Of extreme weather and climate change: Part 1

Kia Ora

The world has some amazing extremes in terms of climate around the world, and roles that the local climate plays in the shaping of the landscape, the communities that live there and the ecology. It has extremely wet areas such as the Himalaya’s and the West Coast of New Zealand, but it also has some extremely dry areas such as the east coast of Australia and Death Valley in the United States. And it’s worth noting the speed with which some of these places can swing between extremes. But it is in Australia where the world is getting a taste of these extremes right now.

Perhaps not a better example of that exists in Australia right now. Just a month ago, eastern Australia was facing up to the fact that the summer of 2012-13 could be one of the worst bush fire seasons on record. An extreme heat wave had formed over the continental interior of the country and had over the course of several days progressively intensified. The drying out the land under such intense heat pushed the fire danger to extreme. Coupled with the readily available fuel of tinder dry vegetation, eucalyptus trees loaded with their oil content, afternoon thunderstorms with cloud-ground lightning strikes and – unfortunately the odd deliberate human act of madness – the conditions for bush fires were perfect. As the fires start, if they make quick progress, driven by strong winds, some of them take on aspects of the fire storm by sucking in air creating strong internal winds. Trapped by rapidly moving fire fronts, with choking smoke deaths and property damage are inevitable. In 2009, similar conditions preceded catastrophic bush fires that killed in excess of 200 people in the State of Victoria in what has become known as Black Saturday. On that occasion temperatures reached 46 degrees Celsius in Melbourne. Four years later in 2013, a heat dome formed and at it’s peak there were towns in the interior of Australia which were expected to get close to 50 degrees Celsius. The extreme heat was followed by bush fire outbreaks in Queensland, New South Wales, Victoria and South Australia. Earlier, bush fires had torn through communities in Tasmania.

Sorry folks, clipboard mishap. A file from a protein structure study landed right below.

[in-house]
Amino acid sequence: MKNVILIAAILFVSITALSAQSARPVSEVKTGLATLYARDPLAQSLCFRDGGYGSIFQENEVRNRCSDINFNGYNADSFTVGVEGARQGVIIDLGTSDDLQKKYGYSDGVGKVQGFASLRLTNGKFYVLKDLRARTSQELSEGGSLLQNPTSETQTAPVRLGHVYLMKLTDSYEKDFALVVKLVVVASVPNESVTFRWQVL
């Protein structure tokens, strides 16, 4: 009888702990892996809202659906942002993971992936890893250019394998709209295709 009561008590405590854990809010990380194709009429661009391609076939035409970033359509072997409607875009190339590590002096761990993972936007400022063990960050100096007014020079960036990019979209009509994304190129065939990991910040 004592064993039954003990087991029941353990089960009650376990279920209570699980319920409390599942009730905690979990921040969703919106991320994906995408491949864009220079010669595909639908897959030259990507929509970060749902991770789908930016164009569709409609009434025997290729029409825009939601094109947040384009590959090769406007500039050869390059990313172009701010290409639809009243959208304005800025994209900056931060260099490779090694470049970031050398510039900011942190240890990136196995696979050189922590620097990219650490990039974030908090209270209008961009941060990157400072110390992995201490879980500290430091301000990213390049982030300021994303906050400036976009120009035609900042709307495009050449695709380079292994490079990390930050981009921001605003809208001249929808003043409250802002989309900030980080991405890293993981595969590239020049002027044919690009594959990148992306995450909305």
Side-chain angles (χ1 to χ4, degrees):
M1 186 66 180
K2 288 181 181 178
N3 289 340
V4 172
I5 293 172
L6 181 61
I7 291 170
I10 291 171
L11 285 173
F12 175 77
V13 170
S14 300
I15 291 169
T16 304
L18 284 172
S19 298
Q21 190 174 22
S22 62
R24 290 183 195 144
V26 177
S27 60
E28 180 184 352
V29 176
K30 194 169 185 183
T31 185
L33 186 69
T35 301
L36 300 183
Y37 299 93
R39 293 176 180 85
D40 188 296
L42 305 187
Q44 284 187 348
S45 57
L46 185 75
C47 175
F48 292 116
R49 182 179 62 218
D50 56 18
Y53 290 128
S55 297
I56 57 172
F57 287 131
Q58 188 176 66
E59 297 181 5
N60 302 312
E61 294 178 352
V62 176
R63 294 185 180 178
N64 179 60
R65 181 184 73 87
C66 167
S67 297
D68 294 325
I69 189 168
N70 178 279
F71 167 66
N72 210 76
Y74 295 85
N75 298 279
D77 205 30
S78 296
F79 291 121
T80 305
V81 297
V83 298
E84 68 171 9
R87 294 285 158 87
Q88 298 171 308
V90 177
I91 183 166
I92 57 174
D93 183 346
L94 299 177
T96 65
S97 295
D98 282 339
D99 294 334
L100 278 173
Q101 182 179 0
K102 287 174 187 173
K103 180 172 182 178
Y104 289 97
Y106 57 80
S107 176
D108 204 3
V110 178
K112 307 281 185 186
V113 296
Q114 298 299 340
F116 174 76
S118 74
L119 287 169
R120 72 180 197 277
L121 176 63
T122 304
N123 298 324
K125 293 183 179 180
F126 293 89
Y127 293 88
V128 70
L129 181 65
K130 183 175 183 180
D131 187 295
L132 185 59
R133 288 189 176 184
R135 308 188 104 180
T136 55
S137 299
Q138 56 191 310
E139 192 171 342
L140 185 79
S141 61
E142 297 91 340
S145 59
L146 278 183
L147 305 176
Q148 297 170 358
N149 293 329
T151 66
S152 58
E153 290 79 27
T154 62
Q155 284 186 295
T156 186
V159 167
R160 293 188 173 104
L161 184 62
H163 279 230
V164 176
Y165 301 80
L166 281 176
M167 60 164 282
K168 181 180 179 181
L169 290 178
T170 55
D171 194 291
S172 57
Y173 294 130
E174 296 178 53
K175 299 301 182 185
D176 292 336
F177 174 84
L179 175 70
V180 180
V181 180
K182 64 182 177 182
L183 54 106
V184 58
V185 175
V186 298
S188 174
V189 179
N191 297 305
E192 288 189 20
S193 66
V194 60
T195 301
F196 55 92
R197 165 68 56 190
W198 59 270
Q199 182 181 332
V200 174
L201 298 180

Whilst it is true that bush fires are a regular feature of Australia, so is flooding. Every year tropical depressions moving down from the Coral Sea and ex-tropical cyclones such as Oswell, which is responsible for the current severe weather, give rise to heavy rain fall events. The relatively flat terrain with its very wide river valleys permits water levels to rise during flood events to heights unheard of in other parts of the world. Earlier today I heard that one river was running at more than 15 metres above normal. In 2011 catastrophic flooding in Toowoomba caused by exceptionally intense down pours caused tens of billions of dollars in damage and numerous lives were lost. Many people were caught by surprise by the suddenness of this flash flood event, but it was actually part of a larger flood event that took days to fully occur. The frequency of these events is evidenced right now by the many flood emergencies in progress across Queensland where some places have had 500mm of rain in the last two days. Just a few weeks ago bush fire warnings were the story of the day across parts of southern Queensland, and New South Wales, where the storm is now headed. Many rivers at the time of writing – too many to remember – are in under major flood warnings. Forced evacuations are in under way in many towns – Gympie, Bundaberg – best renown for its ginger beer – among others.

In Part 2, tomorrow: Is climate change responsible for these events?

Take Care,


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